cohabitants if not only family, twig 

cracking in the forest when you 

believe you’re all alone

 

individual sounds would’ve picked

up meaning beyond their own pitch

and volume, resonance, reverberation,

rotundity, through Darwinian, even, 

time

 

a mother’s voice, for instance, 

identified immediately, upon a single

note, perenially, by any of her brood

 

 

it’s a long way from there to a symphony

but those are its roots, why we laugh, why

we cry, take shelter from the storm, and 

come out the other side transported

 

notes are written, emblazoned, on 

our consciousness, our lives depended,

depend still, on it 

 

listen

 

 

 

R ! chard

 

psst: interestingly, our Darwinian evolution

          has produced pitch as an identifying

          factor for our species, a female voice 

          is higher than a male’s, this has 

          allowed us, as a species, to sing

“Orfeo ed Euridice” – Christoph Willibald Gluck

6-orpheus-leading-eurydice-from-the-underworld-plein-air-romanticism-jean-baptiste-camille-corot.jpg!Large

   Orpheus Leading Eurydice from the Underworld (1861) 

 

           Camille Corot

 

              _________

 

the question of the afterlife comes up

in several places in art history, from

very Homer to the present, my very

favourite is Gluck‘s opera Orfeo ed 

Euridice“, 1762

 

Orpheus, because of the sweetness 

of his music, his ability on the lyre, 

is granted, by the rulers of the 

Underworld, the return, among the 

mortals, of his recently deceased 

beloved, Eurydice 

 

the condition is that he not turn back

to look at her as he leads her back 

to the world of the living, our 

sensate world

 

it’s a journey I’ve taken often for its

utter enchantment and inspiration,

you’ll find it irresistible

 

watch, listen 

 

you won’t want to not go back,

I didn’t


 

 

R ! chard

 

 

 

 

 

“Requiem” – Antonin Dvorak

1024px-Notre_Dame_de_Chartres.jpg


        Chartres Cathedral – View from south-east


                           _____________________

 

                                               for Donna

 


a few days before a dear friend was due 

to pass away, which is to say with medical 

assistance, I had taped from television, 

whether coincidentally or not, Antonin 

Dvorak’s “Requiem”, though I hadn’t yet 

listened to it

 

on the day of the procedure, I lit candles, 

put the music on, and sat in attendance 

as its flights of angels s[a]ng [her] to

[her] rest

 

the piece is somber, probably reserved for

somber occasions, but upon their instance, 

the work is glorious, and salutary

 

here, it is performed at the Cathedral

of Chartres, suffused with the solemnity 

and the splendour appropriate to such 

a fateful moment   

 

may you journey forth in peace,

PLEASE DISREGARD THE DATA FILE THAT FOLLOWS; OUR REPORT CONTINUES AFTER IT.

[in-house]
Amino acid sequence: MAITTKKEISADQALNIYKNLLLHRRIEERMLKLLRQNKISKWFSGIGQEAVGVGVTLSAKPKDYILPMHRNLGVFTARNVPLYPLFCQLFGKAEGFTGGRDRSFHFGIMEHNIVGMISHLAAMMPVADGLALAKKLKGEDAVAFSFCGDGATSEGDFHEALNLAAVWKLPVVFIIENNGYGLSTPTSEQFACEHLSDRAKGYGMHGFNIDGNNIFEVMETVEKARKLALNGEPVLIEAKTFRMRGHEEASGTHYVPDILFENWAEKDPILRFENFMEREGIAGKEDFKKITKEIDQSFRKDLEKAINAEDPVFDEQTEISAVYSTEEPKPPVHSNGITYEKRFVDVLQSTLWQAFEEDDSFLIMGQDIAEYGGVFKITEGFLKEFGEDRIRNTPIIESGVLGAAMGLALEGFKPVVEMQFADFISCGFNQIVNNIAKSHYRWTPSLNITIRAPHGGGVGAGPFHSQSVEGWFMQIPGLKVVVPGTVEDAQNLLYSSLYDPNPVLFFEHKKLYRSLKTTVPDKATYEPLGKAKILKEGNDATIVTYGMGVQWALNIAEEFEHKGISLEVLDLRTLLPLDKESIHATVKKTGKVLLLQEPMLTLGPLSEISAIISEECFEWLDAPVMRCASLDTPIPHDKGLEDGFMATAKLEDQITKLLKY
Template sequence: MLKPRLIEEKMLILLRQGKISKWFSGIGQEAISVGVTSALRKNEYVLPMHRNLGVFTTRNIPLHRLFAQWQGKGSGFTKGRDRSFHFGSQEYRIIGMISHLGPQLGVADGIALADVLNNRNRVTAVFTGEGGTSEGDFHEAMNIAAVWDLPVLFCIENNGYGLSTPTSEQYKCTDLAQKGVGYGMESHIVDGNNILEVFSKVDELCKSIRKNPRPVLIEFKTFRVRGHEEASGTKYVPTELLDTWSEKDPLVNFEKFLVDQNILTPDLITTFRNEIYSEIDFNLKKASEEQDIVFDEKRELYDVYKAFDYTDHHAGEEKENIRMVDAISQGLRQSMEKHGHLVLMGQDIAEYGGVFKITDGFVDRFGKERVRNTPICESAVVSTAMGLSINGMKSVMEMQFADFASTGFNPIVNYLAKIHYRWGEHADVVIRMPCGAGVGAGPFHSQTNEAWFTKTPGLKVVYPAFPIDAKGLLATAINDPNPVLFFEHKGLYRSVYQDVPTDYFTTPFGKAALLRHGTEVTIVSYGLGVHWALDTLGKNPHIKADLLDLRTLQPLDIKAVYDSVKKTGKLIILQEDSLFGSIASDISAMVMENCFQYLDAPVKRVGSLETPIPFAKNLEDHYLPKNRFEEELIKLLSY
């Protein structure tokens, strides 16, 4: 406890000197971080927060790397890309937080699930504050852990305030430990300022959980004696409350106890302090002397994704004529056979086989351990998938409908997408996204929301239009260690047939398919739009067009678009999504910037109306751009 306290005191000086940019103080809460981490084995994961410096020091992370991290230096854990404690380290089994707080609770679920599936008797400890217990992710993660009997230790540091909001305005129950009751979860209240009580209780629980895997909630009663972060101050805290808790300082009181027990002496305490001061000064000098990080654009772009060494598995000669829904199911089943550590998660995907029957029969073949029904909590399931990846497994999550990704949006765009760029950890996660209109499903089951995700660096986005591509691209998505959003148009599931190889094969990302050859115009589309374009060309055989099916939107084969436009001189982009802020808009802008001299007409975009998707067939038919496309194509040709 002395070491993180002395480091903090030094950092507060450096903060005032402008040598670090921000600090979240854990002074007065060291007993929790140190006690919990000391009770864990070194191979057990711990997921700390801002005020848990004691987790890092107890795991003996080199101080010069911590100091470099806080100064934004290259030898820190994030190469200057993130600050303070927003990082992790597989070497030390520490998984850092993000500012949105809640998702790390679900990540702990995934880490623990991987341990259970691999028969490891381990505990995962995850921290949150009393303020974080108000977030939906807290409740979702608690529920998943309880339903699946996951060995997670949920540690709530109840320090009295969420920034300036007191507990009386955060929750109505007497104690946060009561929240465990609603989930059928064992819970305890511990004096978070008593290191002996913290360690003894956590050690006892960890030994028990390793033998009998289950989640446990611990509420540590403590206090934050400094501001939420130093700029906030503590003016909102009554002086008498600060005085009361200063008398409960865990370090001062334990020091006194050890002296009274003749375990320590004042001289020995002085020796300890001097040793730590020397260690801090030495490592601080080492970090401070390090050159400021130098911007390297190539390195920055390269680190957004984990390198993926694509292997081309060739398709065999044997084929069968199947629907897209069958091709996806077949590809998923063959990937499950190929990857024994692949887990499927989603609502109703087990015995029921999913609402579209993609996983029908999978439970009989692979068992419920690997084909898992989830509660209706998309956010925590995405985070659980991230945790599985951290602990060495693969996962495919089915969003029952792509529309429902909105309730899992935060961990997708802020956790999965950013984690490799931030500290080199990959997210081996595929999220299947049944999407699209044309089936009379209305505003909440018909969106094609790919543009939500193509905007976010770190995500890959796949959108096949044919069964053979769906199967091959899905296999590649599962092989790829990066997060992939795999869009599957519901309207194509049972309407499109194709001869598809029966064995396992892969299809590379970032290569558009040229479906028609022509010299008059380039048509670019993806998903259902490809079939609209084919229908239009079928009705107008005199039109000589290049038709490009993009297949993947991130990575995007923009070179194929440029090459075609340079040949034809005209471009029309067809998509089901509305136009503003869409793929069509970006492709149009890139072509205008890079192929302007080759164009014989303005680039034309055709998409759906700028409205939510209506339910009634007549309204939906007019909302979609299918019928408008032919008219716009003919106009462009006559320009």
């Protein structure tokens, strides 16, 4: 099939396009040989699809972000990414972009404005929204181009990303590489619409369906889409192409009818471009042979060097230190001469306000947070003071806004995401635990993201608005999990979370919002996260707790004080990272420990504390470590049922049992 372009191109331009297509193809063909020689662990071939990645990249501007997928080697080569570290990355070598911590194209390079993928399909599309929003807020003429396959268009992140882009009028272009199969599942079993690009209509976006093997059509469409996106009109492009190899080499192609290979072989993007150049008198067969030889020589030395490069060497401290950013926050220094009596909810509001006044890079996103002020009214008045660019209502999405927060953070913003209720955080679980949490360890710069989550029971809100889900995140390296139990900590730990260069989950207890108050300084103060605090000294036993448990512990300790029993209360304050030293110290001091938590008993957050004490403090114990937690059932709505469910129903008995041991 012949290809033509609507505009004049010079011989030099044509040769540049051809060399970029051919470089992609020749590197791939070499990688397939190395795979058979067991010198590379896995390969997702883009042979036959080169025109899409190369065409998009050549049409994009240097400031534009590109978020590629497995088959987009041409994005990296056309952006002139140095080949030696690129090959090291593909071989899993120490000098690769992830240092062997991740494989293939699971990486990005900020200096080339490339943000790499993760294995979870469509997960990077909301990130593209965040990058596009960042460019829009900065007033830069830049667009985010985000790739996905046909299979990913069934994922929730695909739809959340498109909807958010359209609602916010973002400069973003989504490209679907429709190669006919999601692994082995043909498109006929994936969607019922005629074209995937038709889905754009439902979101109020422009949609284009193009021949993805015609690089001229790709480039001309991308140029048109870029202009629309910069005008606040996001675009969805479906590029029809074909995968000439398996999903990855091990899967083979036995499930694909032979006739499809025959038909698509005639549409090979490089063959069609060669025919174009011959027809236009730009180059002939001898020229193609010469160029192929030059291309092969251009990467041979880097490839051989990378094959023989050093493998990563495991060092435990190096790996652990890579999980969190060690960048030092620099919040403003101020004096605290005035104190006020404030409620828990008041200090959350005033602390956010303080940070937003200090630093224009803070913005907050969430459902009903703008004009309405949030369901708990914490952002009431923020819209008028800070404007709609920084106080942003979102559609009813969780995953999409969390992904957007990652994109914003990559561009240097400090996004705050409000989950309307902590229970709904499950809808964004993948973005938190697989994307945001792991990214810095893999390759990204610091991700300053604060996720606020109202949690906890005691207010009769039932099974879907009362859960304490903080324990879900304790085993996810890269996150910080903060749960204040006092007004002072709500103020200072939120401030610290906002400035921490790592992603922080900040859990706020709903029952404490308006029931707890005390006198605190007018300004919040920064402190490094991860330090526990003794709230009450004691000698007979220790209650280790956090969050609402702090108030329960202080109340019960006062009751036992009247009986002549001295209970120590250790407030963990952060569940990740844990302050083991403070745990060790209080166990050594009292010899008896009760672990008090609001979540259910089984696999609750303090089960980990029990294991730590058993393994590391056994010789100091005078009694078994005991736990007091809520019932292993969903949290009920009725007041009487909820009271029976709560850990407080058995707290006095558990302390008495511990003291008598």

dear friend

 

 

R ! chard 

 

 

 

Piano Concerto no 4, Opus 58 – Beethoven

music-painting-and-decoration-of-a-piano-1920.jpg!Large.jpg

     Music (Painting and Decoration of a Piano) (1915-1920) 

 

          Konstantinos Parthenis

 

                    __________

 

like with Shakespeare, some of Beethoven’s

work doesn’t reach the heights I find in their 

utter masterpieces, his Fourth Piano Concerto

is, to my mind, such a piece, though it’s not at

all not impressive

 

my complaint is that the musical motive, the

original theme, the cluster, merely, of notes

that make up the matter of the ensuing 

harmonic explorations, in all of the three 

movements of the Fourth, is lost in his 

excessive elaborationsone is distracted by 

the soloist’s dazzling showmanship rather 

than by the work’s metaphysical magic, as 

is conversely the case rather in Beethoven’s 

sister concertos, his OneTwo, Three, and 

Five 

 

most notably, the Fourth‘s slow movement,

the andante con moto, slow, but not unduly,

passes by in an instant, nearly imperceptibly,

but for the conspicuousness of its plodding 

rhythm, you wonder what just happened,

what did I miss

 

the first movement, the allegro moderato, 

or slightly slower than allegro, begins highly

unconventionally with the soloist at the helm, 

setting up the conversation, as it were, the

subject of the matter

 

that an individual, a commoner, would’ve  

dared to initiate a dialogue of purported 

significance in a culture where subjects

would have known their place, like later,

for instance, a woman asserting her 

position in a patriarchal society, would’ve 

been shocking, and highly controversial

 

but Beethoven raps out a rhythm, four

quick notes followed by four quick notes

followed by the same four notes again,

ra ta ta tat, ra ta ta tat, ra ta ta tat, like

someone knocking at a door, however

plaintively, requiring attention, before the